This information has been prepared by IG, a trading name of IG Markets Limited. In addition to the disclaimer below, the material on this page does not contain a record of our trading prices, or an offer of, or solicitation for, a transaction in any financial instrument. IG accepts no responsibility for any use that may be made of these comments and for any consequences that result. No representation or warranty is given as to the accuracy or completeness of this information. Consequently any person acting on it does so entirely at their own risk. Any research provided does not have regard to the specific investment objectives, financial situation and needs of any specific person who may receive it. It has not been prepared in accordance with legal requirements designed to promote the independence of investment research and as such is considered to be a marketing communication. Although we are not specifically constrained from dealing ahead of our recommendations we do not seek to take advantage of them before they are provided to our clients.
The Melbourne Institute and Westpac Bank release new figures on Wednesday which showed an increase of consumer sentiment by 2.8% in November, following a gain of 1% in October.
The index fell sharply in September in response to Australian political instability and mortgage rate hikes by Australia’s big four banks.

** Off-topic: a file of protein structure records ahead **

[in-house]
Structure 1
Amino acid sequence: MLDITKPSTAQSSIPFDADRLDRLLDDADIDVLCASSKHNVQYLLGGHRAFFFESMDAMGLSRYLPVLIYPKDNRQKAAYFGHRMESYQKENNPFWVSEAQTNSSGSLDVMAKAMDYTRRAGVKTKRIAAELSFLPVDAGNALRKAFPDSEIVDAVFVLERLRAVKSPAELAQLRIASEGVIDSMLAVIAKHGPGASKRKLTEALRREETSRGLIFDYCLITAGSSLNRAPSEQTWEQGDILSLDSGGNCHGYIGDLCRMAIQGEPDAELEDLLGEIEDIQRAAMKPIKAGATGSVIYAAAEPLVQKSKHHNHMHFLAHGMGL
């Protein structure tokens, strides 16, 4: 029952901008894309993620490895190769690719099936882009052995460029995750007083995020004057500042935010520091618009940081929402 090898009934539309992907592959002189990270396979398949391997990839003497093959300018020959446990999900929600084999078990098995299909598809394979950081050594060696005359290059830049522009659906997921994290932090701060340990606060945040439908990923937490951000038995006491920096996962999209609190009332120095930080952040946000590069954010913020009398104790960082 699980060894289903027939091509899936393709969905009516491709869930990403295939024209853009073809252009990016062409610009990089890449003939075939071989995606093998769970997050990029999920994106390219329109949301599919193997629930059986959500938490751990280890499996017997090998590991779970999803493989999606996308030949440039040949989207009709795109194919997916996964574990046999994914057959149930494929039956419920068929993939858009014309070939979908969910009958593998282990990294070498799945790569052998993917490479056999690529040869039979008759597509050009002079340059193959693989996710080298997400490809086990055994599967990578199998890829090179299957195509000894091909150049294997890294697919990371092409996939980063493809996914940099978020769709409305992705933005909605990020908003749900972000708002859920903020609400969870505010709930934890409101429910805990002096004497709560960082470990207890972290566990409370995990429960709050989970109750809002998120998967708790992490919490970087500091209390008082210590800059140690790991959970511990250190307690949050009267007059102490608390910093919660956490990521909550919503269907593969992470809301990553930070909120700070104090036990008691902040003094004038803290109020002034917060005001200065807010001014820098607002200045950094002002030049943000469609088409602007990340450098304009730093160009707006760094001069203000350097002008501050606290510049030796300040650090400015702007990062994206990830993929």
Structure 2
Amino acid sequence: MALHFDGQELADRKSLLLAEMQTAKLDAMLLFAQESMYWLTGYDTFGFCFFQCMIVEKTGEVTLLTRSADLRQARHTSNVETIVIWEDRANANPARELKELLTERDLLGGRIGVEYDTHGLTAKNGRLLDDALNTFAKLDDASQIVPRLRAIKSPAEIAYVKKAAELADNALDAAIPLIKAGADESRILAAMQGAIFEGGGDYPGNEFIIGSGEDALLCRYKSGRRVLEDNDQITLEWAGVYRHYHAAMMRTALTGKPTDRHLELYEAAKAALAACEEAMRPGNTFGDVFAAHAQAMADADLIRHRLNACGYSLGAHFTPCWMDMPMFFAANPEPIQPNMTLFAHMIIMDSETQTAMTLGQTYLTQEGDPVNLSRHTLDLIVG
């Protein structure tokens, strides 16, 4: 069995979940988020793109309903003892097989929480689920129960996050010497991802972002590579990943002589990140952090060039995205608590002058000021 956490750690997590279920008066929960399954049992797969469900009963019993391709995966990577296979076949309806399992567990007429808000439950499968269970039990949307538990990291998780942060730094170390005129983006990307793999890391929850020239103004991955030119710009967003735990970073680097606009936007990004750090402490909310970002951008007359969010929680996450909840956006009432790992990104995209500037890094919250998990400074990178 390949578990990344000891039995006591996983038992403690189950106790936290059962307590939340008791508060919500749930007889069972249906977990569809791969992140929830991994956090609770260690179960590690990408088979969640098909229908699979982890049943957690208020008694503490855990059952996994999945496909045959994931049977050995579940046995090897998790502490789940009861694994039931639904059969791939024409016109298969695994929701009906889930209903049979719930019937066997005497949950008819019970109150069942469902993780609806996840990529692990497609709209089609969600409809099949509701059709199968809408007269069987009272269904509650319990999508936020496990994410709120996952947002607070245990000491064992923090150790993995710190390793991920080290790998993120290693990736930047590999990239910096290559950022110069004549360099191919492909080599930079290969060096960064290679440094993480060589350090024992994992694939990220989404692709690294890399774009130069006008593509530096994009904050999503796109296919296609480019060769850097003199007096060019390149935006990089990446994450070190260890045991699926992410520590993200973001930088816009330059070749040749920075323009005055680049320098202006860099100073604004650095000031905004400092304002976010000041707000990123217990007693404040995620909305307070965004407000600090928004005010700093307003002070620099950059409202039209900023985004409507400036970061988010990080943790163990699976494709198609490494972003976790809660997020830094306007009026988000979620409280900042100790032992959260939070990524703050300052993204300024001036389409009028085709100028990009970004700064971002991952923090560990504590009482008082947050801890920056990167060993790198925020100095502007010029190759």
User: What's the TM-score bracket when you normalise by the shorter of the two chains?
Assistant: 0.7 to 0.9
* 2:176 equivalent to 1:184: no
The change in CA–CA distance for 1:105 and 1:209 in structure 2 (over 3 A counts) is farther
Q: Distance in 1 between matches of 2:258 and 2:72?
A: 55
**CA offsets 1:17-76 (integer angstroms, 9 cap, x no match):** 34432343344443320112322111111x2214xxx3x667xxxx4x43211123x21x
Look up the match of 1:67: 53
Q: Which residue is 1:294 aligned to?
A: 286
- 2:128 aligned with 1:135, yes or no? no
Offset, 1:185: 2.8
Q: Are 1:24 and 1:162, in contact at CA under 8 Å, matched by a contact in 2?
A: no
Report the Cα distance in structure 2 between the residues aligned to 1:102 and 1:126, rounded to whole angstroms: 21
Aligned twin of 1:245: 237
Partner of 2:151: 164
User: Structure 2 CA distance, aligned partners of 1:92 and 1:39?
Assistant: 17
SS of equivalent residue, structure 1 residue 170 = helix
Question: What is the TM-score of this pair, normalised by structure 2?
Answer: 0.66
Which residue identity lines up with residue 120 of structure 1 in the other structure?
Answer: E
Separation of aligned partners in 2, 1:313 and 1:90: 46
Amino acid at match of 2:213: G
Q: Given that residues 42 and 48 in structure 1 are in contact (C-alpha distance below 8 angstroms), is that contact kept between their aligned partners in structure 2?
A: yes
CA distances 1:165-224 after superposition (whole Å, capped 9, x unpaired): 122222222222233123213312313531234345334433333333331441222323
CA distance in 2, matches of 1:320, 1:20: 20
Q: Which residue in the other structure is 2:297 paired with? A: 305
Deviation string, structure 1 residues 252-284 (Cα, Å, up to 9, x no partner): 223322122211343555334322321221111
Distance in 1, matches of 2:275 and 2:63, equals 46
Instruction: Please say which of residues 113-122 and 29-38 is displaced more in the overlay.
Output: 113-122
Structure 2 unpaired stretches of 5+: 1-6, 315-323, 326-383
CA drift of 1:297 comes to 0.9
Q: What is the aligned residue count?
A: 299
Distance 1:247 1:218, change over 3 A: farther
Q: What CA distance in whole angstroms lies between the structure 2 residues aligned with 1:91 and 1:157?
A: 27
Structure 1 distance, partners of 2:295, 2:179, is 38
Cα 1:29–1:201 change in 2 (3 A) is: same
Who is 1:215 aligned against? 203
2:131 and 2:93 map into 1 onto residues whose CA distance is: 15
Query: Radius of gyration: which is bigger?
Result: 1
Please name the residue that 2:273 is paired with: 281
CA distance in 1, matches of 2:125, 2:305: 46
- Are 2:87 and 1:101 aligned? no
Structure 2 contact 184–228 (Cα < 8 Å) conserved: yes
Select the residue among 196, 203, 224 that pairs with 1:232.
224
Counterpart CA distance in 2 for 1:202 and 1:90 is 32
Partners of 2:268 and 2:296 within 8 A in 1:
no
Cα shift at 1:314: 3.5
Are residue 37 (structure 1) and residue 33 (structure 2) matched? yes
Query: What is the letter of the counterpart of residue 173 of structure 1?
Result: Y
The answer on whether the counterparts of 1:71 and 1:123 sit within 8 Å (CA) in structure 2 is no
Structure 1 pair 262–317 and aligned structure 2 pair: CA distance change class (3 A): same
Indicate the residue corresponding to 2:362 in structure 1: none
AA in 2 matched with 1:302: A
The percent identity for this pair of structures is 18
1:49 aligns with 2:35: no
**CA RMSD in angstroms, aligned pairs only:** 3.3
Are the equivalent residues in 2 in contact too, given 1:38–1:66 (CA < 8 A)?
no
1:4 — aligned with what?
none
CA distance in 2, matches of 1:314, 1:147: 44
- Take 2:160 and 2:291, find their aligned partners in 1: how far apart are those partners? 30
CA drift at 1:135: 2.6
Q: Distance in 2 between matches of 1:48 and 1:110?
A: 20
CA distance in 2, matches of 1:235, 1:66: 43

Optimists outnumbered pessimists in the survey of 1,200 people, with respondents showing more upbeat attitude toward their finances and the long-run economic outlook.
The November reading was up 4.7% from a year earlier at 104.3.
Economists were surprised with the results that were positive despite on-going reports around weakness in the housing markets and sharp falls in the market in October.
The survey's index of family finances 4.9% higher in November, comparing to its result in October, recording its highest since February 2016.
Economic outlook for the next 12 months added 3.2% in November.
Economic conditions for the next 12 months also rose 1.7 %, while the measure for a longer-term outlook, over the next five years surged 9.7% while respondents were concerned about a global trade war.
Falling housing prices pressure sentiment
The housing index indicating buying a dwelling jumped 11.8% in November and was up almost 17% from the previous year earlier, with respondents still cautious on spending too much.
The index on whether it was a good time to buy a major household item slipped 3.5 % to an 18-month low.
Figures also show respondents are cautious and expect to spend less on Christmas gifts than they did last year, with 56% expecting to budget their sped based on previous years, and just 10% planning to spend more.